On September 14, 2017, the BIE announced the establishment of a Standards, Assessments, and Accountability System Negotiated Rulemaking Committee. The Committee will be tasked with developing proposed regulations for defining standards, assessments, and an accountability system under the Every Student Succeeds Act (ESSA). At the close of the announcement on October 16, 2017, BIE received 30 nominations from Indian Country for members of the Committee. As of January 2018, the Administration is reviewing nominations. As soon as those nominations are accepted, and the Committee established, the BIE will work to schedule meetings to develop and implement the new system as expeditiously as possible.
To support this work, the BIE has worked during the last year to improve data collection in order to better illustrate the needs and successes of our students. The BIE is hiring staff focused on data systems, data collection training, and the use of key data metrics critical to supporting the needs of BIE students. BIE is also working locally with schools to train and assist school leaders regarding the input of key data sets, such as graduation rates.
FY 2019 President's Budget Request
The President's FY 2019 budget request proposes a $742 million investment in Indian education that works to focus attention on core mission service delivery. The BIE will work to utilize the resources Congress provides as effectively and efficiently as possible. Through this funding, the BIE will provide local technical assistance to support tribal school choice by strengthening self-determination and working to meet the local needs of our schools and Indian tribes. For example, BIE is on schedule to convert the BIE-operated Sky City Community School located in the Pueblo of Acoma to a tribally-controlled school - Haak'u Community Academy - this year, with the official conversion taking place in July.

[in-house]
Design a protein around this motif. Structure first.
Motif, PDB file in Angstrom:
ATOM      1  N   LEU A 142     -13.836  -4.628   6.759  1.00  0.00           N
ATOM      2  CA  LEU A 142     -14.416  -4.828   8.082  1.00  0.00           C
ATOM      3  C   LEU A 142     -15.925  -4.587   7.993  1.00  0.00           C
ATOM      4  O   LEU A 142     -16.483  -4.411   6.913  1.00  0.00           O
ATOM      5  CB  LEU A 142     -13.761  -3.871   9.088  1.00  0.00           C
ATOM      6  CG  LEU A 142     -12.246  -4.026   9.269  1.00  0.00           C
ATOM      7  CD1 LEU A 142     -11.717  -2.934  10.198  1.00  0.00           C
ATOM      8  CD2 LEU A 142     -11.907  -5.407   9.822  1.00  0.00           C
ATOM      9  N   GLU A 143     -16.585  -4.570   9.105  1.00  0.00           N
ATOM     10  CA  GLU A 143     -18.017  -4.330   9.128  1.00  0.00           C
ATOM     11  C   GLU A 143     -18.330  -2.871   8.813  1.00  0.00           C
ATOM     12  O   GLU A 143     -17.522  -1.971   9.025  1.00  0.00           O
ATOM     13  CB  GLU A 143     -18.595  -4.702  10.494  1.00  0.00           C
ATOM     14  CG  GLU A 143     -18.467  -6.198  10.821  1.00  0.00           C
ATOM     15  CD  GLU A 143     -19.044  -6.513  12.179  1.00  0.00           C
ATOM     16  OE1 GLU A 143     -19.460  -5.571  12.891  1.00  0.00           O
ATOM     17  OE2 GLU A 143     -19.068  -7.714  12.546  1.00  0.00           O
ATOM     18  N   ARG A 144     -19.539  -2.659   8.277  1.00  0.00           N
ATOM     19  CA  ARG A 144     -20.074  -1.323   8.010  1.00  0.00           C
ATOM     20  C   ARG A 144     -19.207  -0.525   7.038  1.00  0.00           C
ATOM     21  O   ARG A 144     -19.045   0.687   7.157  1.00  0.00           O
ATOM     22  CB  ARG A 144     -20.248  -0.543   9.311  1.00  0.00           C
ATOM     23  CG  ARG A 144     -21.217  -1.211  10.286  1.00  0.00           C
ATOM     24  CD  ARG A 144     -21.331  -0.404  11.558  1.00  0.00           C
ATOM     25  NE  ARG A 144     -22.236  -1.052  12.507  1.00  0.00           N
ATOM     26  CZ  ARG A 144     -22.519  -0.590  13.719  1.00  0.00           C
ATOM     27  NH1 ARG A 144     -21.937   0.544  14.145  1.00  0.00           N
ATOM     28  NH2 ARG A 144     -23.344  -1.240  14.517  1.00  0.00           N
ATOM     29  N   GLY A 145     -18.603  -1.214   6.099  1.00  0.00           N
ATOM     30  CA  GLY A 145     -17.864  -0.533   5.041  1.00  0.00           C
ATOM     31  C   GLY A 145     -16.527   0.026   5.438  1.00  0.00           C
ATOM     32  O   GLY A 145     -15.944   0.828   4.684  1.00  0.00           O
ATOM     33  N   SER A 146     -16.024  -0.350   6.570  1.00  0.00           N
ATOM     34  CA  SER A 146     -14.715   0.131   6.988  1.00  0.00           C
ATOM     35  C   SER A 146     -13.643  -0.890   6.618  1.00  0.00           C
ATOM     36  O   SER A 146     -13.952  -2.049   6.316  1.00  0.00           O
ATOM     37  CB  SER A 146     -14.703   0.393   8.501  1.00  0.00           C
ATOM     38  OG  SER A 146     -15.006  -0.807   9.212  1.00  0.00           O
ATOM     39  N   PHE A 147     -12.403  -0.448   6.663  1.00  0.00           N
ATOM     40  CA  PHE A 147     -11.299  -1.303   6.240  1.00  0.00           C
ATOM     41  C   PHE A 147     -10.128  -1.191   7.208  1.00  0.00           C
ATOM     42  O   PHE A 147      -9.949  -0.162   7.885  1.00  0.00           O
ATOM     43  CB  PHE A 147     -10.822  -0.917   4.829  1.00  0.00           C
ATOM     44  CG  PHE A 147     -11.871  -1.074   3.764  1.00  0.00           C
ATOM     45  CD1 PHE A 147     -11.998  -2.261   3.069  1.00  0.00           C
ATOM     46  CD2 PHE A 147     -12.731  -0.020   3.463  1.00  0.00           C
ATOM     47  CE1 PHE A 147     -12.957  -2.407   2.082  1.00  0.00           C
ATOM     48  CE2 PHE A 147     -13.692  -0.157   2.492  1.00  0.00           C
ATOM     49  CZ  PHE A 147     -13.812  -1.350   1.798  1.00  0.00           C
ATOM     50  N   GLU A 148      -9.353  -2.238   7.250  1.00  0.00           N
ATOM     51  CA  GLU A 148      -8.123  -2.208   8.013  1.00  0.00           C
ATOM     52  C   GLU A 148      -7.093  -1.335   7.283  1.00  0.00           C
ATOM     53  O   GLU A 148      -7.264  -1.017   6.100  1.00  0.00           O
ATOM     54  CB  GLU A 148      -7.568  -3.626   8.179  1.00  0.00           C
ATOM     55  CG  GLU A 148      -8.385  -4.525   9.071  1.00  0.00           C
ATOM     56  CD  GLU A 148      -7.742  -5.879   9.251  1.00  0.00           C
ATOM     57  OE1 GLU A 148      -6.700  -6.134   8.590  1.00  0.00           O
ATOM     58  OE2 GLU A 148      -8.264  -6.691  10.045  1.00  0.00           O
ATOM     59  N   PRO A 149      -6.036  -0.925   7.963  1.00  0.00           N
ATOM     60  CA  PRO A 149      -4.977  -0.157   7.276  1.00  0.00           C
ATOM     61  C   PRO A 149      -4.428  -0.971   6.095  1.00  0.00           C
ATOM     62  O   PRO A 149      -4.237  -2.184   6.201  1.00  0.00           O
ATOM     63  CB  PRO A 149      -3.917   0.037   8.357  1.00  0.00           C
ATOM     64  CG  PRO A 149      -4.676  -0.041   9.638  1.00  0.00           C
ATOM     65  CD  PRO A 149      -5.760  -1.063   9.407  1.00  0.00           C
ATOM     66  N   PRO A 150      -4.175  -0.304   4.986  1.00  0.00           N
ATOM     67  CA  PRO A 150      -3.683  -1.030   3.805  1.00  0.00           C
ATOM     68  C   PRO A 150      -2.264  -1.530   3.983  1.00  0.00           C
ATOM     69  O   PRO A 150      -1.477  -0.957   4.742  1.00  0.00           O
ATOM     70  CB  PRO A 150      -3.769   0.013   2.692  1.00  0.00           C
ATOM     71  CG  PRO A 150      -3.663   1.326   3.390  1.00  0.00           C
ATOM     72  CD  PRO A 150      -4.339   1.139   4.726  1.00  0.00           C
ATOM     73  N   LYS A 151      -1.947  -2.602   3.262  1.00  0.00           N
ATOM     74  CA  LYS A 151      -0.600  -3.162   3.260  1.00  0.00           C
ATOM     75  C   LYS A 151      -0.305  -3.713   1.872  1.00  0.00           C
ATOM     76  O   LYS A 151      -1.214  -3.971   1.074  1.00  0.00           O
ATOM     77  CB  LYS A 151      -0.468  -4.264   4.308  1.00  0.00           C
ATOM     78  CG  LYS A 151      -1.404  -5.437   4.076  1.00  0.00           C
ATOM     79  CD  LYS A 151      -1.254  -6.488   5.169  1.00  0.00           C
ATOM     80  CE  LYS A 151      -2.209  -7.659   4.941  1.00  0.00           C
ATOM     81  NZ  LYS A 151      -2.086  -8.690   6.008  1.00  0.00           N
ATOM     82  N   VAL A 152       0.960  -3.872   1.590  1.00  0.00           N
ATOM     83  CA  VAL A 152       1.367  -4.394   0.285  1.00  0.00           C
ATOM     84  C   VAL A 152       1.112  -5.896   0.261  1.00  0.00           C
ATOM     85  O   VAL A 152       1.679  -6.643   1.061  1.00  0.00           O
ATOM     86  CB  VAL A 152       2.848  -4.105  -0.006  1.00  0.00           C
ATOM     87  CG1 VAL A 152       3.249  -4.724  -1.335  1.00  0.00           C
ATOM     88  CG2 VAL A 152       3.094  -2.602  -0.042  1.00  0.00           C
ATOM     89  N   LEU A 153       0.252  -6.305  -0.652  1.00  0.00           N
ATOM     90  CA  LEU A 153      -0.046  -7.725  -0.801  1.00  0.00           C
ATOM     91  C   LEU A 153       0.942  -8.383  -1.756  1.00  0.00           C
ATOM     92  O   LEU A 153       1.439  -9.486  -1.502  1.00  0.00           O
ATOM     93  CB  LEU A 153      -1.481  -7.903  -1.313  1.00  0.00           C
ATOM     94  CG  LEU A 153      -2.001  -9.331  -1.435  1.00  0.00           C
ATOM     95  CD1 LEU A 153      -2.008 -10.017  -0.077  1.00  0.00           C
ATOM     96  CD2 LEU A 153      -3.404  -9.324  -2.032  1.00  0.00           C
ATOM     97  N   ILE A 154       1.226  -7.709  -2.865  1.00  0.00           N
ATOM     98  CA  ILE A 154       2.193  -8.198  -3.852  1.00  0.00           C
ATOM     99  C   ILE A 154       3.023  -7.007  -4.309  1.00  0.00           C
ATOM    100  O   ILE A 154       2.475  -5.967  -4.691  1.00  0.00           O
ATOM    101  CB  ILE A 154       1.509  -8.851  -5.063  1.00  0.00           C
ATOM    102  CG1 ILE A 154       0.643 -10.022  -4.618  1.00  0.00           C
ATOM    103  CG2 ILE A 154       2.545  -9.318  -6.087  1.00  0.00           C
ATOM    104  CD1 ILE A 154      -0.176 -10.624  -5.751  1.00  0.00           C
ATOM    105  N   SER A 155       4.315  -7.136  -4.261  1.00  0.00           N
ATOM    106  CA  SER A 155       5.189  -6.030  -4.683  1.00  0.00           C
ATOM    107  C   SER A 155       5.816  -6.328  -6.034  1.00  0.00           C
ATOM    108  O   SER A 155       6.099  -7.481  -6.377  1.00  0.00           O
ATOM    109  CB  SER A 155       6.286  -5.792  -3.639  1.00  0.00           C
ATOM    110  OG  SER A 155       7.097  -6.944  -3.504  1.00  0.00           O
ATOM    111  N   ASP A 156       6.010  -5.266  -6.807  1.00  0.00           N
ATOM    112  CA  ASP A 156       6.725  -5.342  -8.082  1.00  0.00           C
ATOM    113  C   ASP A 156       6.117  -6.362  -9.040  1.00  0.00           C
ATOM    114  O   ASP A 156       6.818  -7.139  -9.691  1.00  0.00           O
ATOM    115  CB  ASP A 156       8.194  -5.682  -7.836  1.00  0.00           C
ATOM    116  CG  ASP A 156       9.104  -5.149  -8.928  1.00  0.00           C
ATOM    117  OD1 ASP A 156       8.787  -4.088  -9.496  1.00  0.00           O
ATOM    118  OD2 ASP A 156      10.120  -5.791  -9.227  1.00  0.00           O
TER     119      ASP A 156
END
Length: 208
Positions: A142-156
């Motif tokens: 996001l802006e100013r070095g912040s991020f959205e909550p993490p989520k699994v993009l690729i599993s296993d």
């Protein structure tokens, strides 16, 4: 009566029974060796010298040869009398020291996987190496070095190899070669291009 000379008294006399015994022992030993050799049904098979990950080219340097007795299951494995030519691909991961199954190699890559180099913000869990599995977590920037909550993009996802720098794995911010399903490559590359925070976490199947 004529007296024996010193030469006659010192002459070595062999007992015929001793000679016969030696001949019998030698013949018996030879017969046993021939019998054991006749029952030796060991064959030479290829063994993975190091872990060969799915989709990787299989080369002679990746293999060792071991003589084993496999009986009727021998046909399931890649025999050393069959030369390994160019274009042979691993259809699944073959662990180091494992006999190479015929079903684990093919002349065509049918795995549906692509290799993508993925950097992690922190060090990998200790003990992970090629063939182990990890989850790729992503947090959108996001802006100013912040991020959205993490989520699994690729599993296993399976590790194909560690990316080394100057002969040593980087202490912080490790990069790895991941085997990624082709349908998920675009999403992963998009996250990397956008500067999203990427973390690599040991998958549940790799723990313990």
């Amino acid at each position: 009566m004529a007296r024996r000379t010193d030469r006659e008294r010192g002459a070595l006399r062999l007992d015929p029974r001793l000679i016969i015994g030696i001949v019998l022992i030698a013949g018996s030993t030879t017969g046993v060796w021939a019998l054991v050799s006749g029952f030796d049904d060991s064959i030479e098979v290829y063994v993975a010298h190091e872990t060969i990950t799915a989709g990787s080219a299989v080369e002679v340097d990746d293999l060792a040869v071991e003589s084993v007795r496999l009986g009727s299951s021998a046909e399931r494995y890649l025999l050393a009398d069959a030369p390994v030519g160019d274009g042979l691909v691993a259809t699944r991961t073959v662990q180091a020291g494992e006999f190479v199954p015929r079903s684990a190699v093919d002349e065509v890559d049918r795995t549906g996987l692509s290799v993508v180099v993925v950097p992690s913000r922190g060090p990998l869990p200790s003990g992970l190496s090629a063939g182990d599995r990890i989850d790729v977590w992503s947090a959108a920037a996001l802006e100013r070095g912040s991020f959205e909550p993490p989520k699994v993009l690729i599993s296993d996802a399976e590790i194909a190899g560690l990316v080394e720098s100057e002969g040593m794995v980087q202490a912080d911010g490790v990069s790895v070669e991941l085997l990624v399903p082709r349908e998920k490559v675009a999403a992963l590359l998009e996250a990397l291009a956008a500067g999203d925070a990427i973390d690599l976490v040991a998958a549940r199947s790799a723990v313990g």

The BIE is also focused on improving support at the local school level, such as reducing bureaucratic constraints for schools by allowing teacher hiring to reflect accreditation standards utilized by the state in which the BIE school is located.
Additionally, the BIE will increase our focus on professional development to ensure that school personnel have the training and support necessary to address the various needs of our students. The BIE is also focusing on the safety of our students. Last month, the BIE's Safety Office coordinated with LA to formalize guidance regarding the establishment of School Safety Committees, and we continue to partner across IA to ensure that 100 percent of school safety inspections are completed annually.
The President's budget also includes a legislative proposal to create a Public Lands Infrastructure Fund, which would help pay for repairs and improvements in national parks, national wildlife refuges, and BIE schools. As the Department works to expand its energy program on Federal lands and waters, this initiative has the potential to generate much-needed infrastructure and maintenance funding. We strongly support this proposal and look forward to working with the Administration and Congress to advance this legislation.
Chairman Rokita, Ranking Member Polis, and Members of the Subcommittee, thank you for the opportunity to present this testimony today and provide you an update regarding our recent work. We appreciate your focus on all of our students—including college students such as those attending the BIE's Southwestern Indian Polytechnic Institute, who won the grand prize last year in the 2nd Annual NASA National Swarmathon Robotics Competition. SIPI's students are the only participants to place both years. Our students can achieve anything and the BIE is committed to improving service delivery to help them reach their goals. The BIE looks forward to partnering with you as we work to improve. Thank you for your time, and I would be honored to answer any questions you may have.